Surveying - Definition ,Principle and Classification

Surveying can be defined as the art of determining the relative positions of a point on or below or above the earth's surface by undergoing direct or indirect measurements of distance, elevation, and direction.
Surveying - Definition ,Principle and Classes
Surveying - Definition, Principle, and Classes

Significance of Surveying

Both Angular and Linear Measurements are determined in order to establish the points. The main objective of surveying is to prepare a map or plan that represents an area held on a horizontal plane.

  • The horizontal projection of an area is represented in the plan and maps
  • Vertical distances between the points are shown through contour lines, hachures, and other methods in vertical sections.

Principles of Surveying

The two main principles of surveying are:

  1. Working from whole to part
  2. Locating a point by measuring from two points of reference
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1. Working From Whole to Part       

This is the ruling principle that is used for both plane surveying and geodetic surveying. The whole to part principle of surveying is a method that initially starts with setting or establishing control points by less precise methods and further details are established by minor control points.

For example, If we need to survey a line AB as shown in figure-1 below, we can divide this line into parts as AC,CD,DE,EF,FB. We can start the measurement with AC, then CD, DE, EF and finally FB. This is called part to whole method. The issue with this method is that, as we move forward, from AC, if there arises any error, that gets accumulated and would be reflected in CD DE, EF and AB measurement. If AC is measured right, and there comes any error in CD or any following parts, the succeeding measurements will go wrong. So, instead of AB, our measurement will be AB' which is incorrect.

So, we opt the whole to part method. In which, we start from A and B to inwards. We initially measure AC, then BF, then CD, then FE and DE. If there comes any possibility of error in any of the measurement, it is not accumulated and  helps to localize the error as shown in figure-2. These are the main advantages of whole to part method.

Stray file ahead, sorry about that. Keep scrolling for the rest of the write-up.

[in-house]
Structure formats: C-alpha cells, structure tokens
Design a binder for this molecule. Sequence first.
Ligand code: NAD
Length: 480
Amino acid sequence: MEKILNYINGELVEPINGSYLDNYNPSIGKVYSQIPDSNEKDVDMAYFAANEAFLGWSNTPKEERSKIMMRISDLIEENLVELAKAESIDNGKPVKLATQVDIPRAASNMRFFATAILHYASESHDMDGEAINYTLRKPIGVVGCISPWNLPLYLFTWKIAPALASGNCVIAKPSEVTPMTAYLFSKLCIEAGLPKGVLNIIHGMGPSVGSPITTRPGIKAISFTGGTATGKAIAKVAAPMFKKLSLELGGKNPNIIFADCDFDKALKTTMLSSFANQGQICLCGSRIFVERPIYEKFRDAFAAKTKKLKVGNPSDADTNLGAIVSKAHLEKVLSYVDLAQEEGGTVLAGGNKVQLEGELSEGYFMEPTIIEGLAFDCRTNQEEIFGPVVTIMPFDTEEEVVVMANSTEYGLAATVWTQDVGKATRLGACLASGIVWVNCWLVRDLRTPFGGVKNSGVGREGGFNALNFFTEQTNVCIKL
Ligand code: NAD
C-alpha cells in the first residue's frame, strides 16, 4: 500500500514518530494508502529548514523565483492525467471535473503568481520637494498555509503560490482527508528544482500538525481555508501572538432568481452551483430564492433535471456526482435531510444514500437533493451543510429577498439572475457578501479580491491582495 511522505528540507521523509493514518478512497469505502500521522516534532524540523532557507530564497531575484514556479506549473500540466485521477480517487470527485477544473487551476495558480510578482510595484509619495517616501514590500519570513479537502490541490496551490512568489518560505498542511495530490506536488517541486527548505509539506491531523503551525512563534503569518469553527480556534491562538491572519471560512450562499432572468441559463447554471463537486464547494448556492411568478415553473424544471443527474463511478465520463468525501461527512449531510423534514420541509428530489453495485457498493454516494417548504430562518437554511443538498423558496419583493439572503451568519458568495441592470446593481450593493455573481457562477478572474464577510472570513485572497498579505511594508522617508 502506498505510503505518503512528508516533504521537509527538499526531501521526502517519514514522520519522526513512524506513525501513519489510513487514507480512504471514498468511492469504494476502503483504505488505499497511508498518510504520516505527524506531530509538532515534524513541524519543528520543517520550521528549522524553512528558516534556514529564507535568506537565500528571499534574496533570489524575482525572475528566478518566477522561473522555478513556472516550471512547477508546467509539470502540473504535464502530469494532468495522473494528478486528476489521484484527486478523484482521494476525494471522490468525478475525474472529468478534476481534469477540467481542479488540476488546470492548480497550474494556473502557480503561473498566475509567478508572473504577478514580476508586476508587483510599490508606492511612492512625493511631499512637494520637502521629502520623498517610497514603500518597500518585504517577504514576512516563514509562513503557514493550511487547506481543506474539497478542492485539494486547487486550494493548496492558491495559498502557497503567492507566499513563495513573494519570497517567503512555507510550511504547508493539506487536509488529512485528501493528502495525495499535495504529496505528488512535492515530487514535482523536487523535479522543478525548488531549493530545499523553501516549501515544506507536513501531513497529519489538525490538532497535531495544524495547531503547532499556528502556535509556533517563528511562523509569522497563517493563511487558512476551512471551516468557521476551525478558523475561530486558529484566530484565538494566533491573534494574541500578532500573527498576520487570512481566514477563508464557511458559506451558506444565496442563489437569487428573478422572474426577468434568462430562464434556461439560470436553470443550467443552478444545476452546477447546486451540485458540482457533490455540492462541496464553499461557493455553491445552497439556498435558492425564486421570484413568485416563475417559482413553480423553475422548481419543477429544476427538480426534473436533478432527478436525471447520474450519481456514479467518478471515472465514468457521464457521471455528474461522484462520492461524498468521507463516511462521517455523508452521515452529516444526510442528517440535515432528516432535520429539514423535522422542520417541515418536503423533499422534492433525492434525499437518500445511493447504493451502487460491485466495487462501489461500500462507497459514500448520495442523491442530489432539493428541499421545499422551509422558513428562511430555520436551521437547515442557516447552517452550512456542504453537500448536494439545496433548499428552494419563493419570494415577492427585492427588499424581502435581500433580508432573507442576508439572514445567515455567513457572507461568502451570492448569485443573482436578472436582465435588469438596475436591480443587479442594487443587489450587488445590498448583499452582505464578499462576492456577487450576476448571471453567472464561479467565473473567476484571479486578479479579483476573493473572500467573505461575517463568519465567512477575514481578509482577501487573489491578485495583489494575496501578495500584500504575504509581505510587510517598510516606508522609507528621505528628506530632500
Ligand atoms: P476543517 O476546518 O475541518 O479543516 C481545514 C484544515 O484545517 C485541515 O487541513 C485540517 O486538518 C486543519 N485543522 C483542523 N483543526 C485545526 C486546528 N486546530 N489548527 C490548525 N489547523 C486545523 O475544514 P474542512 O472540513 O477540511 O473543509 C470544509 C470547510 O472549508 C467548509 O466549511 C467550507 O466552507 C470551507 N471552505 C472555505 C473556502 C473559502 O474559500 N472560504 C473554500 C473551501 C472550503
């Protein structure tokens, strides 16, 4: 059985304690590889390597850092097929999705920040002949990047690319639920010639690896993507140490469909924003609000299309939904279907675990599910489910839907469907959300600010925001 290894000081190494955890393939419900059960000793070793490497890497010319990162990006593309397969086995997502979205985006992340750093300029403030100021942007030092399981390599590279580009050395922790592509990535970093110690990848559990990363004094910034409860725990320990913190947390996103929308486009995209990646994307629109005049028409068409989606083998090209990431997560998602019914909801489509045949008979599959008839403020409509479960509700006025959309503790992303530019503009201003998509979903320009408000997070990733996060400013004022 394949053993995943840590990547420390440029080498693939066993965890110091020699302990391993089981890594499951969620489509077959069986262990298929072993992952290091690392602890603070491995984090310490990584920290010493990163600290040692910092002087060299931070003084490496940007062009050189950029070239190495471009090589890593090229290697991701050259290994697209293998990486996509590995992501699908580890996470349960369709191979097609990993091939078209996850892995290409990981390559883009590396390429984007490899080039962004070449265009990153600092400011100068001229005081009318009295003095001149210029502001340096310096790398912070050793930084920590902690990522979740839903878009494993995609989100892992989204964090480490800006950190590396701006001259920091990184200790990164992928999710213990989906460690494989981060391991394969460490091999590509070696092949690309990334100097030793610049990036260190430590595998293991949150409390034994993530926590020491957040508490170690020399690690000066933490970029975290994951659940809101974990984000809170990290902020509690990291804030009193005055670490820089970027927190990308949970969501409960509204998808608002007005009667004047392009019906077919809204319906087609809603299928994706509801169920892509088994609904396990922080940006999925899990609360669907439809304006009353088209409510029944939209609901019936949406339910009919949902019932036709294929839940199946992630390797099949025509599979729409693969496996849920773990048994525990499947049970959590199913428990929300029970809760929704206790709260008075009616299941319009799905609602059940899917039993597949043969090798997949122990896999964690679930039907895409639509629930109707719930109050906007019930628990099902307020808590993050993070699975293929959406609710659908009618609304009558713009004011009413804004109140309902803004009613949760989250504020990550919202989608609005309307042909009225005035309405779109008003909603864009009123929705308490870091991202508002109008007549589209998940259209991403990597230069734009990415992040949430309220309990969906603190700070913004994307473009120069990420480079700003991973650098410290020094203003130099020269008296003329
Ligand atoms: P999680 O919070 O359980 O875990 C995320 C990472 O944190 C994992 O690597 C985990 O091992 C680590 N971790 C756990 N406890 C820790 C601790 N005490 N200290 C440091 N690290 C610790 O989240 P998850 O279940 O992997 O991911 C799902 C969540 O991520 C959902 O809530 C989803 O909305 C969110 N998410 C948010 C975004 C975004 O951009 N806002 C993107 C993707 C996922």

2. Locating a Point by Measuring From Two Points of Reference

This principles states that any point must be measured with two points of reference which are the points that are already determined by standard measurements and they are fixed.

This can be explained with the following examples, where the points  P and Q are already fixed by knowing the distance PQ. If so, a point R can be obtained by the following options:
  1. The distance PR and QR are measured. The point R is located by swinging the measured arcs to the same scale to which PQ was plotted. This is commonly used in chain surveying.
  2. The second option is by dropping a perpendicular from R to the reference line PQ, after which the length PS and SR are measured. The point R can be plotted using a set squares. This is commonly used for defining the details on the way of surveying measurements.
  3. Third option is to obtain distance QR and angle PQR. This is used in traversing.
  4. In the next method, the angles RPQ and RQP are measured, using an angle measuring instrument. It is widely used in triangulation.
  5. Another option is to plot R by plotting RQP and PR. This is used in traversing and used less.

Classes of Surveying


Primarily surveying can be classified into two classes:
  1. Plane Surveying
  2. Geodetic Surveying

Plane Surveying

In this type of surveying, the spheroidal shape of the earth is neglected. It considers the mean surface of the earth as a plane. Triangles that are formed by the survey lines are considered plane triangles. Level lines are straight and plumb lines are parallel.

Geodetic Surveying

In this type of surveying, the shape of the earth is taken into consideration. Lines laying on the earth's surface are curved lines and the respective triangles formed are spherical triangles. Hence, this surveying takes into consideration, spherical trigonometry.